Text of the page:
This is the cover of "Light of the World: The Pope, the Church, and the Sign of the Times" by Pope Benedict XVI. In the book, which was to be released Nov. 23, the pope said the use of condoms may be a sign of moral responsibility in some specific situat ions when the intention is to reduce the risk of AIDS. (CNS)
The Star, Phlippines
MANILA, Philippines (Xinhua) - A government official called on the local Catholic Church Monday to follow the example of Pope Benedict XIV who had softened his stand on the use of condom in the fight against the spread of HIV-AIDS.
Presidential Communications Development and Strategic Planning Office head Ramon Carandang told reporters Monday, "I think our own clergy should be informed by the views of the Vatican because they've always referred to the Vatican when they stated their position. Now that the Vatican's position is such, then I think that should result in a corresponding flexibility on the part of our Church. The local Church cannot be more popish than the Pope."
He added that the use of condom and other forms of contraceptives is not as controversial in other parts of the world as it is in the Philippines.
Pope's position would also boost the Department of Health's earlier project of distributing free condom to the public as part of its anti-HIV-AIDS program, as well as the bid to pass the Reproductive Health bill, he said.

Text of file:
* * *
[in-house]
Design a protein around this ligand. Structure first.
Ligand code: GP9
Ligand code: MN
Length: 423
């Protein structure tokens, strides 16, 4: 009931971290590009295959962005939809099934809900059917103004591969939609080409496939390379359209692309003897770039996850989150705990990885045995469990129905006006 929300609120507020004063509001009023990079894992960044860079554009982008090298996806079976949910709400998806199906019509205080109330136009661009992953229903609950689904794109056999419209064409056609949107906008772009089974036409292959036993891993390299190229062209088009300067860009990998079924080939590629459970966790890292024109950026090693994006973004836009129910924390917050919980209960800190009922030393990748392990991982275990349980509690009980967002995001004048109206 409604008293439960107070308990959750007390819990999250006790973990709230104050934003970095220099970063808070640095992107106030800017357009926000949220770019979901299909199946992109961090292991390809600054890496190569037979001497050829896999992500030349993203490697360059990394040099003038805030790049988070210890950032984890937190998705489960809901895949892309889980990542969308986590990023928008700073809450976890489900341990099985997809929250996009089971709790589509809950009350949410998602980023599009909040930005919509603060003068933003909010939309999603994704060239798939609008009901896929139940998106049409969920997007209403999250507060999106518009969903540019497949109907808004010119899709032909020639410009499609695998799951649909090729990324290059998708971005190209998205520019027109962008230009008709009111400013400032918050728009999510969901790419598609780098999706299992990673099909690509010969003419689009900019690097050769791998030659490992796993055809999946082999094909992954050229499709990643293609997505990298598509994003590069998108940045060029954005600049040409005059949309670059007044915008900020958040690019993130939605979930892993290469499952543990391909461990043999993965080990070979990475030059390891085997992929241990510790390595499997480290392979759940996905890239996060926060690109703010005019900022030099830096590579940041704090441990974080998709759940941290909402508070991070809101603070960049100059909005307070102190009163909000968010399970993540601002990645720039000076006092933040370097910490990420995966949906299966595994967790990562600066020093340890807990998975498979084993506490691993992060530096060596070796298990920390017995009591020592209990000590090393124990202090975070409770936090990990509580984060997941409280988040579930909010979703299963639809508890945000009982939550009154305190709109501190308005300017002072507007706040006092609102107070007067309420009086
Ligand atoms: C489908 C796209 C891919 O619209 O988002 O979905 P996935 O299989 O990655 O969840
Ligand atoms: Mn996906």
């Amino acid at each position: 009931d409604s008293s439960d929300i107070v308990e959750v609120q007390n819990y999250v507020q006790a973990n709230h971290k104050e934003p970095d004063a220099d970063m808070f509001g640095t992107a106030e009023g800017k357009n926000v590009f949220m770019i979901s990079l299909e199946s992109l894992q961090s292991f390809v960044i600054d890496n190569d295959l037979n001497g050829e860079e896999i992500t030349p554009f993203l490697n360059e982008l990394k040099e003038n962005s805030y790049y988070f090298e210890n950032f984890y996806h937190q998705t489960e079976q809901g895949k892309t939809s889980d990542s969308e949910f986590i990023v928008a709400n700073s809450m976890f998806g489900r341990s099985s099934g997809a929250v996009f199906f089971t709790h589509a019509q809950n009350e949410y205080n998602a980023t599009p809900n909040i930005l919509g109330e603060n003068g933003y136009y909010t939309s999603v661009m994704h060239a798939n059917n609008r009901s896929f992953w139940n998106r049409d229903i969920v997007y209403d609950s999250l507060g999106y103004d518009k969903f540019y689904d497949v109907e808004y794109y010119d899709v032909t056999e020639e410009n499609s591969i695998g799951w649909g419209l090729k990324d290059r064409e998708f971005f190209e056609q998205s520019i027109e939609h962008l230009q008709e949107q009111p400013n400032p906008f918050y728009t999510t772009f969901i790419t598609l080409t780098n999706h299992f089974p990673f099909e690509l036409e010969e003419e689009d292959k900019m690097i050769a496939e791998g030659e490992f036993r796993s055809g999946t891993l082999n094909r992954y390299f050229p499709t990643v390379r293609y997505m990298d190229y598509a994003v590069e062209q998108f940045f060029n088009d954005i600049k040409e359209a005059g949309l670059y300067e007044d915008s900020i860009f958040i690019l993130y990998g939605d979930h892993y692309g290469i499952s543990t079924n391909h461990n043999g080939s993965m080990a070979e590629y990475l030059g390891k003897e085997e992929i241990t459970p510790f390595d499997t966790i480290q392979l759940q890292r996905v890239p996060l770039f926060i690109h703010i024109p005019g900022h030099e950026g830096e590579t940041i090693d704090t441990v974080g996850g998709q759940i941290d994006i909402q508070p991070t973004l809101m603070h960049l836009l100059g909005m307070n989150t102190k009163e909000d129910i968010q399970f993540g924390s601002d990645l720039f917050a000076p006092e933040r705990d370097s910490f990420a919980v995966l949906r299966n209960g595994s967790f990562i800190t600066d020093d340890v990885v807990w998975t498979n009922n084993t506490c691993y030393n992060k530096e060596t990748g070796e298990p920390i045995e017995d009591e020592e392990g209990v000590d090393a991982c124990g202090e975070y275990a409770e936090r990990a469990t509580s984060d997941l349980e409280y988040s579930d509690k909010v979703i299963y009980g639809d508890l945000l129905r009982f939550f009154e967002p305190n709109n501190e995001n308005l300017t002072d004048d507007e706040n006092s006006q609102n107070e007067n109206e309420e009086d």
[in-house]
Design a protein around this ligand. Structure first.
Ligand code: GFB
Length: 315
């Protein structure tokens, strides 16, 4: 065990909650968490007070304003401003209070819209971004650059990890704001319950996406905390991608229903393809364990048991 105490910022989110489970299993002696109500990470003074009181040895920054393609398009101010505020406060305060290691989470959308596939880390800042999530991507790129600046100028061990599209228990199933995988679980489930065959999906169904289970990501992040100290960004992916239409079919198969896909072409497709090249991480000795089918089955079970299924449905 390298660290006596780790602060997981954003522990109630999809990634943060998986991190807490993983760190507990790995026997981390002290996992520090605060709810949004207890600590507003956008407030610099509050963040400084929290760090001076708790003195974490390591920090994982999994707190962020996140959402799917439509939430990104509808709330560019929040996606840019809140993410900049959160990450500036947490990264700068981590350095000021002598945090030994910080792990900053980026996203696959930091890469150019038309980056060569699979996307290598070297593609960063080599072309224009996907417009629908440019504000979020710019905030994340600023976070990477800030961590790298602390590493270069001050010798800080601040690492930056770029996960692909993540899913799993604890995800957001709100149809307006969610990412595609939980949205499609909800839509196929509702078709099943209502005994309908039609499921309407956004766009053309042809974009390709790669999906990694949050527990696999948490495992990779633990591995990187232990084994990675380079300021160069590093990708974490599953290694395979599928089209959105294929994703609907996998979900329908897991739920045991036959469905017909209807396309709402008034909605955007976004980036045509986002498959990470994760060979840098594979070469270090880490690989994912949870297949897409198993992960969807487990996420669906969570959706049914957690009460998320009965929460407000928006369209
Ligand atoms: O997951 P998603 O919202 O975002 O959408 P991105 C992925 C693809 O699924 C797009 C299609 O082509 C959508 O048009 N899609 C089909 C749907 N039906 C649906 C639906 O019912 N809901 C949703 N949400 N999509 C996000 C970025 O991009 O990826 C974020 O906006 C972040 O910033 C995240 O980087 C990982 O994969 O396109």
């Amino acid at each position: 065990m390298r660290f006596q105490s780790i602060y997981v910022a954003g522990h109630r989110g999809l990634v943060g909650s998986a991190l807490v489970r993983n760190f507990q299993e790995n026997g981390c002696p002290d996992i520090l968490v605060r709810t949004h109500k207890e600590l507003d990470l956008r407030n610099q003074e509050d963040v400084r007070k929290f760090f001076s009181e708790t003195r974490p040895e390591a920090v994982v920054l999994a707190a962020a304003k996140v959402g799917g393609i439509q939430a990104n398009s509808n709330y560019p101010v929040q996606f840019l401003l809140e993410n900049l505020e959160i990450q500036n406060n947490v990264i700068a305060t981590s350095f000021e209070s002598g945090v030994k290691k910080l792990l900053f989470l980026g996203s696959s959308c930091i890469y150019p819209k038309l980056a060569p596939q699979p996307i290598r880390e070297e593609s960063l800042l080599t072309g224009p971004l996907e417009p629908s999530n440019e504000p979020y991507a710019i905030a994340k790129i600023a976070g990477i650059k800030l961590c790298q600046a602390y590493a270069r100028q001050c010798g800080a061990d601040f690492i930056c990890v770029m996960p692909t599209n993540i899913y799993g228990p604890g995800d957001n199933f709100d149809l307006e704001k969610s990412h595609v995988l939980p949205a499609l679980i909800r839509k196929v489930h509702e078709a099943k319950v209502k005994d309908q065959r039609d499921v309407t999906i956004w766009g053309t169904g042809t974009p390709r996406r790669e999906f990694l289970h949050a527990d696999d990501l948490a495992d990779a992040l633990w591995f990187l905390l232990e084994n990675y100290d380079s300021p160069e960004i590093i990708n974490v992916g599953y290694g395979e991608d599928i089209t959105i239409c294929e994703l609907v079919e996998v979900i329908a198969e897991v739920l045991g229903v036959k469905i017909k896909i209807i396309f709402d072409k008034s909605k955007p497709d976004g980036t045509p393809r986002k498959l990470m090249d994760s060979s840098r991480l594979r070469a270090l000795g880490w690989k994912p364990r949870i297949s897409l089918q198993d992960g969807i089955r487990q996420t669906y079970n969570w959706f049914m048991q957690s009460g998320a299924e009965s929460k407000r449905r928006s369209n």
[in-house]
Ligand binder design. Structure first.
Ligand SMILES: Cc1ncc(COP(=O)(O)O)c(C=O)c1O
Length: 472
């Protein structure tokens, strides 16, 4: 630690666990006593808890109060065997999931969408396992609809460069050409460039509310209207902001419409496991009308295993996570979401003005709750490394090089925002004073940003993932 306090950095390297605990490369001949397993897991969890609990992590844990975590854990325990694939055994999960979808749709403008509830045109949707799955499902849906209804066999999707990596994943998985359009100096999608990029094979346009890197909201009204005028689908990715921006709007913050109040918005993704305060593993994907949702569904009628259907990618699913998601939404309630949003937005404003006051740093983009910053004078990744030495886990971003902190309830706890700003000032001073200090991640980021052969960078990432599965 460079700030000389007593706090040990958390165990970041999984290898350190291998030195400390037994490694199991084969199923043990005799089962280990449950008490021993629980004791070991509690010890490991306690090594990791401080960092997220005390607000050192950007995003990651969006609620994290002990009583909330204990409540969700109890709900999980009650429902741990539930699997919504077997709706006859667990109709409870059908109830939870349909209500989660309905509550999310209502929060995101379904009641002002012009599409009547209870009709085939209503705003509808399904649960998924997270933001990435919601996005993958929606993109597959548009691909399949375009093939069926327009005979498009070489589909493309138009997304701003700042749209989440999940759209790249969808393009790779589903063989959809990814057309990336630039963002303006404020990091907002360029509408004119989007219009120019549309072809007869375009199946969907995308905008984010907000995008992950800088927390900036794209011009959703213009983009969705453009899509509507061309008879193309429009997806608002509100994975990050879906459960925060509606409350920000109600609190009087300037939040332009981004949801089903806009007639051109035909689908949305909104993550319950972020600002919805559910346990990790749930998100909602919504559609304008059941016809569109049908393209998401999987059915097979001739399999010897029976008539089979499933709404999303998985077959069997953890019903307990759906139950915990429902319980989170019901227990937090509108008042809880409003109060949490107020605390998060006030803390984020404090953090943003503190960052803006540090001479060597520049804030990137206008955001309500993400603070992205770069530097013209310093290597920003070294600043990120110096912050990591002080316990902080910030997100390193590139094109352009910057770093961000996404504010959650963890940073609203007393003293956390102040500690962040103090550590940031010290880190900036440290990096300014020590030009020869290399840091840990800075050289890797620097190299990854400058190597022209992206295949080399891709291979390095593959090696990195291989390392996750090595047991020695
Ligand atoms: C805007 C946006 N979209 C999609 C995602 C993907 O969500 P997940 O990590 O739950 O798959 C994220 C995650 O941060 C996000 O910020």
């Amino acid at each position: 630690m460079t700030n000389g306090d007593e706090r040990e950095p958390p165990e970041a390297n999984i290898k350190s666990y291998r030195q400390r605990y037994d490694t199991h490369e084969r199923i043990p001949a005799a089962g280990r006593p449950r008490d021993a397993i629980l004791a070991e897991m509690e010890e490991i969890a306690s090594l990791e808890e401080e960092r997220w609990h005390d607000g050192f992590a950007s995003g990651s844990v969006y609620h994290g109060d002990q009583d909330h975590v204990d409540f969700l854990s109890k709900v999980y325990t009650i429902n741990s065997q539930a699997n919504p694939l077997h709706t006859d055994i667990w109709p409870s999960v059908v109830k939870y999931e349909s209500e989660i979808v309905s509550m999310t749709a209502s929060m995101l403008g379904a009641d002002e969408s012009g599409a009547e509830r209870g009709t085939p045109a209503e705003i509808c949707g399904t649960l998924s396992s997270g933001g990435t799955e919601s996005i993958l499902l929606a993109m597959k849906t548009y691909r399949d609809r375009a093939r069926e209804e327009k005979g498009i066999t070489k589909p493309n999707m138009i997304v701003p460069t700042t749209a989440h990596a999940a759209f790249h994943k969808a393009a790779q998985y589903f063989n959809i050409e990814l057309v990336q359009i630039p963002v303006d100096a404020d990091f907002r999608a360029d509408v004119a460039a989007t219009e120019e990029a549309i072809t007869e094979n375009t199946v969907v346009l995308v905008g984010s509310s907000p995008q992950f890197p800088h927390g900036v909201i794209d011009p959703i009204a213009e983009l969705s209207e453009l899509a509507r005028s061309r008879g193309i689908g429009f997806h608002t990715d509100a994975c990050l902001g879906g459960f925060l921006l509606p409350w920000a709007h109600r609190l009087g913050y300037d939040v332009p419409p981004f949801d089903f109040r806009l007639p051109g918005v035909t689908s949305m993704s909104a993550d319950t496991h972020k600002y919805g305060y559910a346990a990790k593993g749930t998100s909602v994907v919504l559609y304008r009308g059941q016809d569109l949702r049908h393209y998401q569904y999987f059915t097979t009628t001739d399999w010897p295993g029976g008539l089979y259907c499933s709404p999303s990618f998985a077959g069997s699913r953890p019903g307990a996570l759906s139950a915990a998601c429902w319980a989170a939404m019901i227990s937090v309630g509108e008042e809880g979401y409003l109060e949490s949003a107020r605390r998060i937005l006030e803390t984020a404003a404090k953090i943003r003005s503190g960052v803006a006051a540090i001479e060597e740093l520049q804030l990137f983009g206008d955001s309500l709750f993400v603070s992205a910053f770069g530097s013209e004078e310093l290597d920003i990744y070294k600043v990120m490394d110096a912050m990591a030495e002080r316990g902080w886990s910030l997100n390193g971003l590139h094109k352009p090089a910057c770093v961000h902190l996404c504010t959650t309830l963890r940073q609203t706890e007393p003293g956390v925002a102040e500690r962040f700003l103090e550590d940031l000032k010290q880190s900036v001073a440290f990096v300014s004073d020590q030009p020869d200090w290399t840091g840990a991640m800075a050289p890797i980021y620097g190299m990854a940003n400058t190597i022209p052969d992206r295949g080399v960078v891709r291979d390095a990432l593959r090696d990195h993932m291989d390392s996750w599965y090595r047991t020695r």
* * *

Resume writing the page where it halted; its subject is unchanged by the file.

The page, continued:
The Pope during an interview for the book "The Light of the World" had said that the use of condoms maybe justified to stop the spread of HIV-AIDS. He, however, acknowledged that it is not the only way to handle the spread of the HIV infection.
He also clarified that his comments does not weaken their stand against the general use of artificial contraceptives.
The Catholic Bishops' Conference of the Philippines said they prefer to waiting until the book is published this week but acknowledged that the Pope's comments focuses on the use of condoms as one of the tools to prevent the spread of HIV-AIDS and not as the main measure.
Abortion is illegal in the Philippines, but condoms and birth control pills are available despite church objections. Philippine church officials are against contraception which is banned by the constitution.
Like four out of five Filipinos, Aquino is a Catholic. But he supports the right to contraception in the country with an aim to slow the country's annual population growth of 2 percent.